#2: Parental Engagement/Involvement in Schools
Parent engagement – I would combine this with staff morale because I think the root cause of discontent for both groups is the culture of FCPS. It discourages collaboration and feedback. Teachers are being micromanaged instead of being given the freedom to teach and collaborate. The new School Board needs to change the culture of FCPS and show parents and teachers that their contributions are valued. Teachers are being blamed for teaching to the test and not teaching critical and creative thinking; the reality is they are required to do so many assessments and check-ins during the year by the Superintendent that they cannot teach they would like to. Most teachers can teach the material on the SOLs and creative thought but the central office does not give them the freedom to do so. Parents on the other hand are asked for their opinions only after the Superintendent and the School Board, on the few occasions it has engaged, have decided the answer.
#3: Transparency & Accountability
Transparency – This also speaks to strategic governance and many of the issues raised under parent engagement staff morale. The School Board ceded its authority to the Superintendent in 2006 when it passed its strategic governance framework. The Superintendent took this as license to do whatever he wanted and the School Board let him. Things are done ‘behind the scenes’ in such a way that by the time the public knows what is going on, it’s too late to do anything about it. There is no one for a system the size of FCPS to make decisions that please everyone, however, it would go a long way to easing the sting from these decisions if they were made in the open with everyone’s ‘cards on the table.’ In my own experience at Stratford, when parents did engage, we were told our feedback was not wanted and in fact was hurting our cause. This is a democracy and it thrives only on public input and public decision-making.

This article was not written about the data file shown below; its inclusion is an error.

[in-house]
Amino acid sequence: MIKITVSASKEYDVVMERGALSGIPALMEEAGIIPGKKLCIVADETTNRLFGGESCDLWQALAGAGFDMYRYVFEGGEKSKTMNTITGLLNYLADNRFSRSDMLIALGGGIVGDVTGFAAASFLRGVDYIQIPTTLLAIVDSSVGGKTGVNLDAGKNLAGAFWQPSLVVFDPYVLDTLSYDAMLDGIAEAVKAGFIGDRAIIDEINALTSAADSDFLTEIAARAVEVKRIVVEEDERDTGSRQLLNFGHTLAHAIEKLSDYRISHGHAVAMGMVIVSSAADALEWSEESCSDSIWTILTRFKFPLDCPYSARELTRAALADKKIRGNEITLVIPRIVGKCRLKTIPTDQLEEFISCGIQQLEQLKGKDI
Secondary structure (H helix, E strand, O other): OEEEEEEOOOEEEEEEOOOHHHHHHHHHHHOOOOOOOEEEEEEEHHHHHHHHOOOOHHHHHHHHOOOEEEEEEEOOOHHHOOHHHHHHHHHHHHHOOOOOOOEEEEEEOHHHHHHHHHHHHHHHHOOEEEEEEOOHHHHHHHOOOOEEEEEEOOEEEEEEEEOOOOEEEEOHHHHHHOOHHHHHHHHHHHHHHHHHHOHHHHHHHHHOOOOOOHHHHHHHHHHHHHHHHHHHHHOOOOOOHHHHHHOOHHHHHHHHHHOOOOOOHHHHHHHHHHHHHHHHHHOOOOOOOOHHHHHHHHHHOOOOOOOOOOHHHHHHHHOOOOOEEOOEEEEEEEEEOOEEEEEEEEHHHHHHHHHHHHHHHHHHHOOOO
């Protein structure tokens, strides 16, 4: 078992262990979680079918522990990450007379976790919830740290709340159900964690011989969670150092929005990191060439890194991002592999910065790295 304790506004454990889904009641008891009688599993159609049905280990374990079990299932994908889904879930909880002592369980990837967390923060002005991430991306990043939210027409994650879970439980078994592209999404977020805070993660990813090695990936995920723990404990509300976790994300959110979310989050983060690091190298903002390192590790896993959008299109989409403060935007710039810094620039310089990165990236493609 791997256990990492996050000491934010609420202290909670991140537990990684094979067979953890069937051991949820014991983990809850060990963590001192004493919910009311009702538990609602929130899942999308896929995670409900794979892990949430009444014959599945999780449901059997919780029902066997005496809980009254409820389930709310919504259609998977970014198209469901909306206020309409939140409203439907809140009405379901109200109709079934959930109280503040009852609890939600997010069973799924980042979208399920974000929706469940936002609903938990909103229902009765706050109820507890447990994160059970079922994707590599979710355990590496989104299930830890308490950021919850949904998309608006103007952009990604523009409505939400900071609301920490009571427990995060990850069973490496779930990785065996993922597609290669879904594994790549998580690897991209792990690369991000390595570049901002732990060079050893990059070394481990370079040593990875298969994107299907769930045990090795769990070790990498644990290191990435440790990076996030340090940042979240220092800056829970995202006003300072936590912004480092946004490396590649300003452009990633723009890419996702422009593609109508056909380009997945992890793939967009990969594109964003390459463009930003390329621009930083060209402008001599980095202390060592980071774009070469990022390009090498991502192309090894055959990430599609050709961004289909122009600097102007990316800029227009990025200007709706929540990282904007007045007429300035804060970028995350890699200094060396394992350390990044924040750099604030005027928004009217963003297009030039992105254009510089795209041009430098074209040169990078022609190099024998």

Budget – FCPS needs to improve its budget process, both how it develops a budget and how it presents the budget. All stakeholders need to know how FCPS spends its money, what all of the staff in the central office do, exactly how many teachers there are and why so many of them are not in the classrooms. It needs an independent auditor reporting to the School Board to identify wasteful spending and inefficient programs. Under no circumstances should the budget be balanced on class-size.
#5: Superintendent Selection
The Superintendent search - The Superintendent is obviously a major influence over the school system and can set the tone for the next several years. This is a person who will implement School Board policies that affect every single child in FCPS. It is critical that the county establish an open process that involves faculty and parents and it must establish appropriate expectations for this individual and his relationship with the School Board and the public.